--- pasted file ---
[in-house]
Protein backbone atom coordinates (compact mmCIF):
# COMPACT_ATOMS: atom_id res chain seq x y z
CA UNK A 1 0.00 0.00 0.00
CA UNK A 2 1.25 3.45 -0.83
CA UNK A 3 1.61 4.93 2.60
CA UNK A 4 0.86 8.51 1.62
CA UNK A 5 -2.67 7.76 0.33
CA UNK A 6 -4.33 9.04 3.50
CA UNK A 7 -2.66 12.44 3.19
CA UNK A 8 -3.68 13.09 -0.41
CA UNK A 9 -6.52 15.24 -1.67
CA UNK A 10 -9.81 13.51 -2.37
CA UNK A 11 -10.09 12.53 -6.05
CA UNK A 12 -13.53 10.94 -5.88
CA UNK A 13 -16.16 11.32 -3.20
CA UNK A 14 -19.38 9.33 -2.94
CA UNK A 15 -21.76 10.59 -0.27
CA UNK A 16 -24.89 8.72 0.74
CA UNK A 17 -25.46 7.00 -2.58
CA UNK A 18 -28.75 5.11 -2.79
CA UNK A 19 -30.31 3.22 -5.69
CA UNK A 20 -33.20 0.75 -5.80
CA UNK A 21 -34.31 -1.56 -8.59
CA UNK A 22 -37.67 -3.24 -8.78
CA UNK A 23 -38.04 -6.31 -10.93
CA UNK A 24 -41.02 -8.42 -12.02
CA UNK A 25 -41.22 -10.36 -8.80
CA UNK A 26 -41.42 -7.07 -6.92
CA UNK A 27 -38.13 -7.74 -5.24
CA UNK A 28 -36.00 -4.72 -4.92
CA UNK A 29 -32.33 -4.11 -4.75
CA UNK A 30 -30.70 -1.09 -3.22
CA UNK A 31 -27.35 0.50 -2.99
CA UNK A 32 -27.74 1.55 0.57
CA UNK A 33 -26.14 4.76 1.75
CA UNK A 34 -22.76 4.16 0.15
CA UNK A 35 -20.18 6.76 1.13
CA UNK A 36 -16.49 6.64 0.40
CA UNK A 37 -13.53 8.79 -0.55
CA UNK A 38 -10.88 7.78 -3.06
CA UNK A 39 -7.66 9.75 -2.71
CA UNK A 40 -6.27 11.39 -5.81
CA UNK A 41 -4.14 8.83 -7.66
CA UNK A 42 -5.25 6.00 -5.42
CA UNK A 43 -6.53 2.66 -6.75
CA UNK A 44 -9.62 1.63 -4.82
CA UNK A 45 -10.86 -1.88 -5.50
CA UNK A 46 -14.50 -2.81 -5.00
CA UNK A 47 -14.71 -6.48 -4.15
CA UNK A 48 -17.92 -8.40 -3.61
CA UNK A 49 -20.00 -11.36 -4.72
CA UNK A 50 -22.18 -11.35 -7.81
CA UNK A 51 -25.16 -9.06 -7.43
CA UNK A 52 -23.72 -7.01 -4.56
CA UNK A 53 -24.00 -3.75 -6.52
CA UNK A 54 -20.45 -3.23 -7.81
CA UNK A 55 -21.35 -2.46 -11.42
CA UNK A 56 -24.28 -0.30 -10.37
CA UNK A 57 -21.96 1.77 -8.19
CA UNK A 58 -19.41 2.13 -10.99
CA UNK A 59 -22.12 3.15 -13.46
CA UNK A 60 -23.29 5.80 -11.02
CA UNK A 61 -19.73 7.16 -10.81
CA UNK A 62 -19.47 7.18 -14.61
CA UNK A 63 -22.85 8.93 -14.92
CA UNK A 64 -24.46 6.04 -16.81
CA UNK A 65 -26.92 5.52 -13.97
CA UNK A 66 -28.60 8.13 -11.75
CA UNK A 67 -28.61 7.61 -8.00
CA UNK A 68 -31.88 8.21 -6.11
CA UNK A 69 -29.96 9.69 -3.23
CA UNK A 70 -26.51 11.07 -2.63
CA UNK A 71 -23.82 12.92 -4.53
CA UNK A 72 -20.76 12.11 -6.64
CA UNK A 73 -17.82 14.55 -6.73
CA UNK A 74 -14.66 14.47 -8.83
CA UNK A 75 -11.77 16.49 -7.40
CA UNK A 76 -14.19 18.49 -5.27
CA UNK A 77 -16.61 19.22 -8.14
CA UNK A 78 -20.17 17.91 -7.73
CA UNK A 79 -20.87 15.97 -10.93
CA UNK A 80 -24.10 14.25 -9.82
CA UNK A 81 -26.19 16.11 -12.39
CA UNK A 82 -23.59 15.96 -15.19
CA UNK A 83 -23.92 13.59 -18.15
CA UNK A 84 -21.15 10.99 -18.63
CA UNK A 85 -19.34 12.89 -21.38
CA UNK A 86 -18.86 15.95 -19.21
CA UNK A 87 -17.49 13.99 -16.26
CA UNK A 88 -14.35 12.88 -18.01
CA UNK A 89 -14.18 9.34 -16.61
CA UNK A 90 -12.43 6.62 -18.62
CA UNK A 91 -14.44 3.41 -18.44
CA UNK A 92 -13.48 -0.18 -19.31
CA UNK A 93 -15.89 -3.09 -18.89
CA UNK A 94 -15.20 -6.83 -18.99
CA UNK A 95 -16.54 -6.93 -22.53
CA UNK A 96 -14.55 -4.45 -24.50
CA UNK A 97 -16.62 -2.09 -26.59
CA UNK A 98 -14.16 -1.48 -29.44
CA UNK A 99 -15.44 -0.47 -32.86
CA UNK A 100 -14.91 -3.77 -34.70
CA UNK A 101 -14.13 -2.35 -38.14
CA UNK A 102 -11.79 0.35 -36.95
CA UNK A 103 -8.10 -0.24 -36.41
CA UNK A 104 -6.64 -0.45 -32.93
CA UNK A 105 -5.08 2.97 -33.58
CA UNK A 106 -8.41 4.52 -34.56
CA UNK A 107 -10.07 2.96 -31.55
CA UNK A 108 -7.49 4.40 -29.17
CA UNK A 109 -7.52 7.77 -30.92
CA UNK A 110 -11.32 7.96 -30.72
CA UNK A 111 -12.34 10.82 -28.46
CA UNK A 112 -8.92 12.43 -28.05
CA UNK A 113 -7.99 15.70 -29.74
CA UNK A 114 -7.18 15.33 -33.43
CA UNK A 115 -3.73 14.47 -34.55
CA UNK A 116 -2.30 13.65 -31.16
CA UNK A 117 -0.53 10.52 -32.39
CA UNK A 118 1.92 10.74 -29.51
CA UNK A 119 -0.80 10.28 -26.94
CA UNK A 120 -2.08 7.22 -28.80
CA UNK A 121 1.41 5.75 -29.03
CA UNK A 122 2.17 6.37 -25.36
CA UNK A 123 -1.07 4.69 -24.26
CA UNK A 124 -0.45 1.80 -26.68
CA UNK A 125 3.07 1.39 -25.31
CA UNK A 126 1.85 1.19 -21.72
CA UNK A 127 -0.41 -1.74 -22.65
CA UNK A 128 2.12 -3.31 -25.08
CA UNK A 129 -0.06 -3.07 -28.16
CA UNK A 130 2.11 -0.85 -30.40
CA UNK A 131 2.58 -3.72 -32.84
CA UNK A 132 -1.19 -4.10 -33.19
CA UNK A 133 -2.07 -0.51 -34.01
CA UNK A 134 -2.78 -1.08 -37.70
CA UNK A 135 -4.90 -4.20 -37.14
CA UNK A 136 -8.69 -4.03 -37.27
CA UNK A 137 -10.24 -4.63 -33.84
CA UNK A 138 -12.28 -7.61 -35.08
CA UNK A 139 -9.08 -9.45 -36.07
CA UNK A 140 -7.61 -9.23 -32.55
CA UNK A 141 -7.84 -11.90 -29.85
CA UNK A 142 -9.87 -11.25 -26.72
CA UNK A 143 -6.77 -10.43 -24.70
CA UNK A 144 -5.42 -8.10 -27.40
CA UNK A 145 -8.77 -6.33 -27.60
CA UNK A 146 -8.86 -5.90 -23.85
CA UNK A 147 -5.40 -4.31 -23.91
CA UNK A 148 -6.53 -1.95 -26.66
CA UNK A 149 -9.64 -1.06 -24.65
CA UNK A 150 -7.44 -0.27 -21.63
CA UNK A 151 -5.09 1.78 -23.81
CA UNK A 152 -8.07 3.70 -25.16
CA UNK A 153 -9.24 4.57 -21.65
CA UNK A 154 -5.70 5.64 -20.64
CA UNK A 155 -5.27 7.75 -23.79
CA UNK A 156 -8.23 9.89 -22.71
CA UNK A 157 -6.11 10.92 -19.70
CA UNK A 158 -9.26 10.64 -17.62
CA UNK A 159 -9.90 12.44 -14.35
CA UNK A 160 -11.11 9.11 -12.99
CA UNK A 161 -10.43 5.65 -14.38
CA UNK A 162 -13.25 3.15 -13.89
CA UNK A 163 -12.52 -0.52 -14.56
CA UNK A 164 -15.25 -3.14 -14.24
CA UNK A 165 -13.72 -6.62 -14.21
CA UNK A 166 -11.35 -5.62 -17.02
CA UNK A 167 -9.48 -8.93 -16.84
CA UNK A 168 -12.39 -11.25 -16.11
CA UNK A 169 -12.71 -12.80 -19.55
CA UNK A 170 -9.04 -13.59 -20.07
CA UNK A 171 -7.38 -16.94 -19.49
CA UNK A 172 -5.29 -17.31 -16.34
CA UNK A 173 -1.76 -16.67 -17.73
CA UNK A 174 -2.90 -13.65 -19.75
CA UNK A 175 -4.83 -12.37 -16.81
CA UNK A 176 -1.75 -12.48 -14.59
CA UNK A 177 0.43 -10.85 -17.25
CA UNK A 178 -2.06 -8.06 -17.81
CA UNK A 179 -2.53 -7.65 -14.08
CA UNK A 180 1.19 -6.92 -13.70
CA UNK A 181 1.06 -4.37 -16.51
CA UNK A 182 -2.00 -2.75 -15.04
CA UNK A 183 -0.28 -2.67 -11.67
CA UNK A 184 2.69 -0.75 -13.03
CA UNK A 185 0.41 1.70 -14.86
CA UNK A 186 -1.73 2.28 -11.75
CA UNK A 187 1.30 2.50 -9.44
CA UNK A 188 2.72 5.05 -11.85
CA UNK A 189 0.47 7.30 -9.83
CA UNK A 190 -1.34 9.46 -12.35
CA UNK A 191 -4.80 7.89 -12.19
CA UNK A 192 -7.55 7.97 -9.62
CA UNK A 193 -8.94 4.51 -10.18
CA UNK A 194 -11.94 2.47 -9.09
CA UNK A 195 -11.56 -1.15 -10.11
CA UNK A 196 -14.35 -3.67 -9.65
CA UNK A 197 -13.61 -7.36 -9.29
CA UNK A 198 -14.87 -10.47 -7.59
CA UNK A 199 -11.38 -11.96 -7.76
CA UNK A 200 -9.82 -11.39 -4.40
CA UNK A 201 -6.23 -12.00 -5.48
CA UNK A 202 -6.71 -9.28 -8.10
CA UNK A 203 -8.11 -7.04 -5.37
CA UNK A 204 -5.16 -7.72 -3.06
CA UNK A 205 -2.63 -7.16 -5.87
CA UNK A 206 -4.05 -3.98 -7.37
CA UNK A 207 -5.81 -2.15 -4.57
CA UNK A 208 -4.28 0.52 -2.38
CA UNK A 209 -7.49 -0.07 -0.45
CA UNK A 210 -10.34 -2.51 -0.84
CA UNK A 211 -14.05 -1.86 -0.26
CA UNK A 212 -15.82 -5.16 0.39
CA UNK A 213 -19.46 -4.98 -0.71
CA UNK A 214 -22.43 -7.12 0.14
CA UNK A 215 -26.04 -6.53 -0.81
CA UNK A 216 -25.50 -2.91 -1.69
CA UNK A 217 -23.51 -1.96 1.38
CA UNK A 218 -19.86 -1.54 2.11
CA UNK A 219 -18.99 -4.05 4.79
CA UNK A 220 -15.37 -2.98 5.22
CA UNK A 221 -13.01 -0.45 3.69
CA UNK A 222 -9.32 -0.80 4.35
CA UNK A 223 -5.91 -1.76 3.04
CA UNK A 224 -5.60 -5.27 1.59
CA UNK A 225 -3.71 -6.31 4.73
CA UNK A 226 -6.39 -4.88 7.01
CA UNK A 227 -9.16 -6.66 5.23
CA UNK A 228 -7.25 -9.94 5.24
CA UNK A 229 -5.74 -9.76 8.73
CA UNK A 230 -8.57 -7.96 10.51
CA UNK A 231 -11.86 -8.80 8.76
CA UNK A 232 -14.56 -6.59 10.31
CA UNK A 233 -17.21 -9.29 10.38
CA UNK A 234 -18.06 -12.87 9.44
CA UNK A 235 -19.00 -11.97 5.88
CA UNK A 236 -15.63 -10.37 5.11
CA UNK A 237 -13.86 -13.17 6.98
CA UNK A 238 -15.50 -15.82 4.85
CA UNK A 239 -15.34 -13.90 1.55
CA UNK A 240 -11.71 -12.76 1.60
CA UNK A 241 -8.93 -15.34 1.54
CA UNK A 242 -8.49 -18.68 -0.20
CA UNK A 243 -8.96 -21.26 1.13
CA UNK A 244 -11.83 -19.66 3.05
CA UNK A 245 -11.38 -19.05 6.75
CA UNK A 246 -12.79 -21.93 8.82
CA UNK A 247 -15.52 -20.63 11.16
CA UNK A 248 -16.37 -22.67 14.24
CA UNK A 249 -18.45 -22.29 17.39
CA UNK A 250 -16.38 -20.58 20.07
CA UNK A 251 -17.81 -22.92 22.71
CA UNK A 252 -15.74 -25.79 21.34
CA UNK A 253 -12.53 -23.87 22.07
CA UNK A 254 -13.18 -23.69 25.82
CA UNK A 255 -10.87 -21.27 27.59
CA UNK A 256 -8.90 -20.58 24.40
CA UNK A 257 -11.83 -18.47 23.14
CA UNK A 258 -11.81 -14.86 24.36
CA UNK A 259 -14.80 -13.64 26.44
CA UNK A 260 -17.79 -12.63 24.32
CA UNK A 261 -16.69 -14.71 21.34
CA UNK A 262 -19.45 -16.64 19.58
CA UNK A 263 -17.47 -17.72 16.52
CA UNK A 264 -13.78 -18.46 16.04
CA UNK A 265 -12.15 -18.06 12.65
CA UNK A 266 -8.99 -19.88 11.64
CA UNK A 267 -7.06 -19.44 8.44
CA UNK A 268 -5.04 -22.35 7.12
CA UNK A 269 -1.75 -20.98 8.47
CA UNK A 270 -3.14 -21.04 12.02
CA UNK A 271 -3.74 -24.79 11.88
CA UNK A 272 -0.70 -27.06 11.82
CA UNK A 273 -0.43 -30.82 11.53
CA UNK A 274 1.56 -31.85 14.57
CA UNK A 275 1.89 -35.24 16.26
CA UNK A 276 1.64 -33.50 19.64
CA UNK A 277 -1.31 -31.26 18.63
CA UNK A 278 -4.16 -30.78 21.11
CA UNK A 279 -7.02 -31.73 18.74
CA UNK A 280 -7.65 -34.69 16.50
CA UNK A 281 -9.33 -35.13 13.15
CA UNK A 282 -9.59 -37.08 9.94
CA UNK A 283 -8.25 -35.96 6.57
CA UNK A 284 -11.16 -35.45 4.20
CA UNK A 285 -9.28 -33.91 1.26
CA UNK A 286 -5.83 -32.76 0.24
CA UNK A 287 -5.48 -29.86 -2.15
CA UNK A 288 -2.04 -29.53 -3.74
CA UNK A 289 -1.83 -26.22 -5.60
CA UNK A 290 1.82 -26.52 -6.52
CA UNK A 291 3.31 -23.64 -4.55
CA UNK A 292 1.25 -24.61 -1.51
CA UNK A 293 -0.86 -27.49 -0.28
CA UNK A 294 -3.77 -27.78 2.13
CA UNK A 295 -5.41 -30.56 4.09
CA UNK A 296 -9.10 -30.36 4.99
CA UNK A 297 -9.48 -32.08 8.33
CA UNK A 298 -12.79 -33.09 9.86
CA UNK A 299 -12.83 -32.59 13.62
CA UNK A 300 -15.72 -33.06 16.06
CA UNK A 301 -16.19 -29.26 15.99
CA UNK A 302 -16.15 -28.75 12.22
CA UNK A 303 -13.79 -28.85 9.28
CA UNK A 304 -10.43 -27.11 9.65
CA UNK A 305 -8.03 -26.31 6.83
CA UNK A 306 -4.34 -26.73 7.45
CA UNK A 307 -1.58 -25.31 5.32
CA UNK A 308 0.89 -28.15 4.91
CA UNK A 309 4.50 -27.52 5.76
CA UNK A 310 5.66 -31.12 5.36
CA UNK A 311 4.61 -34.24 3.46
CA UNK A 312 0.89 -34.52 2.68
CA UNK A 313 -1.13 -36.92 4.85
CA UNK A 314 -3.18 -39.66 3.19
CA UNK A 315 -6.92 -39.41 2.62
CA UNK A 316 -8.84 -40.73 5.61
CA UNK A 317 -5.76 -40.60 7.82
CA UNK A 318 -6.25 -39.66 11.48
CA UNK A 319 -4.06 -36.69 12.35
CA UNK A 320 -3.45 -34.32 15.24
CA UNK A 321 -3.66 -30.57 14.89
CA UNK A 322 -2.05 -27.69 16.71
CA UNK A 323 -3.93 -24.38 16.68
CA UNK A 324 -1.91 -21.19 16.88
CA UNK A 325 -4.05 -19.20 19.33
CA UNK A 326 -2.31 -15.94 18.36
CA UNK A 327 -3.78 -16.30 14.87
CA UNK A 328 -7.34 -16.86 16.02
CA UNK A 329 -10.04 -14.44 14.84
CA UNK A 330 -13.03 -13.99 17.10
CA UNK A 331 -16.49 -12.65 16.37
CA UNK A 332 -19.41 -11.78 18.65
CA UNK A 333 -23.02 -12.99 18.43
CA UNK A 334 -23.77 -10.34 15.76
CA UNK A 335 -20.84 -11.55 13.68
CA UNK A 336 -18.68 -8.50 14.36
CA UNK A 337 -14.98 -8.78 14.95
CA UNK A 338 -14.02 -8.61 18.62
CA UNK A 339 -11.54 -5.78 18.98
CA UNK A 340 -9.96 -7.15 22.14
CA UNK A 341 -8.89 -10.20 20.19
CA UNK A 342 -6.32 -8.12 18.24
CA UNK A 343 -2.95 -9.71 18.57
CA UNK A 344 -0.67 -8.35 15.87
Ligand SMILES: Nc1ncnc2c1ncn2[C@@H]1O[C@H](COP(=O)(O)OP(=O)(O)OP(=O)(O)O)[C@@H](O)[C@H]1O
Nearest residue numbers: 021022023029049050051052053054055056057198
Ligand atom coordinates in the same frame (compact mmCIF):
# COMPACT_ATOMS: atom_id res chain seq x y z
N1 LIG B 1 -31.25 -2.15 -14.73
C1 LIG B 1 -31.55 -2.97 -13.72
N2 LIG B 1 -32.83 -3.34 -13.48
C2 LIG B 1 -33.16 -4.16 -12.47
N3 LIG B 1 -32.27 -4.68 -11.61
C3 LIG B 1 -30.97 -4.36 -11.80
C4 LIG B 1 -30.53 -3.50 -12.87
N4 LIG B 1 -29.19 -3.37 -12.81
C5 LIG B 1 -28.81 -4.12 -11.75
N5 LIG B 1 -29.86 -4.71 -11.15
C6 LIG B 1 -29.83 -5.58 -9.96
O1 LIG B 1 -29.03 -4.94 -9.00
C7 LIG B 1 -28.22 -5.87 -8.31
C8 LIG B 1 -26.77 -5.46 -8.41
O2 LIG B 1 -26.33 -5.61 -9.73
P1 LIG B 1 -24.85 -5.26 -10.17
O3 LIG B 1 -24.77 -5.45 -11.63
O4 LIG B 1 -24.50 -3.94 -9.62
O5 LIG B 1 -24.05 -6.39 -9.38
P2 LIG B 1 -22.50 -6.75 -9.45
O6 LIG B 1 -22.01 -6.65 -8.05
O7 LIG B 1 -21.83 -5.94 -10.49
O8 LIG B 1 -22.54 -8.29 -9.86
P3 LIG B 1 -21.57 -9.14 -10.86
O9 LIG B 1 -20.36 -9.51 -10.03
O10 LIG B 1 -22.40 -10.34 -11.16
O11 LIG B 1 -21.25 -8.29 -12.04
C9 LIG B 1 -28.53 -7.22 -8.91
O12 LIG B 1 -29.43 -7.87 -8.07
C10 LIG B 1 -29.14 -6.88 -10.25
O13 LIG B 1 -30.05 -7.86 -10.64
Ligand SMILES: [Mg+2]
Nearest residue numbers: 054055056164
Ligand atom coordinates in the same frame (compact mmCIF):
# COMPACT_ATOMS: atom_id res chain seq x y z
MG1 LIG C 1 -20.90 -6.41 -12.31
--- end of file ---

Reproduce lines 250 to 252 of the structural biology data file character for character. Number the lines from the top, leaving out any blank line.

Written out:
CA UNK A 247 -15.52 -20.63 11.16
CA UNK A 248 -16.37 -22.67 14.24
CA UNK A 249 -18.45 -22.29 17.39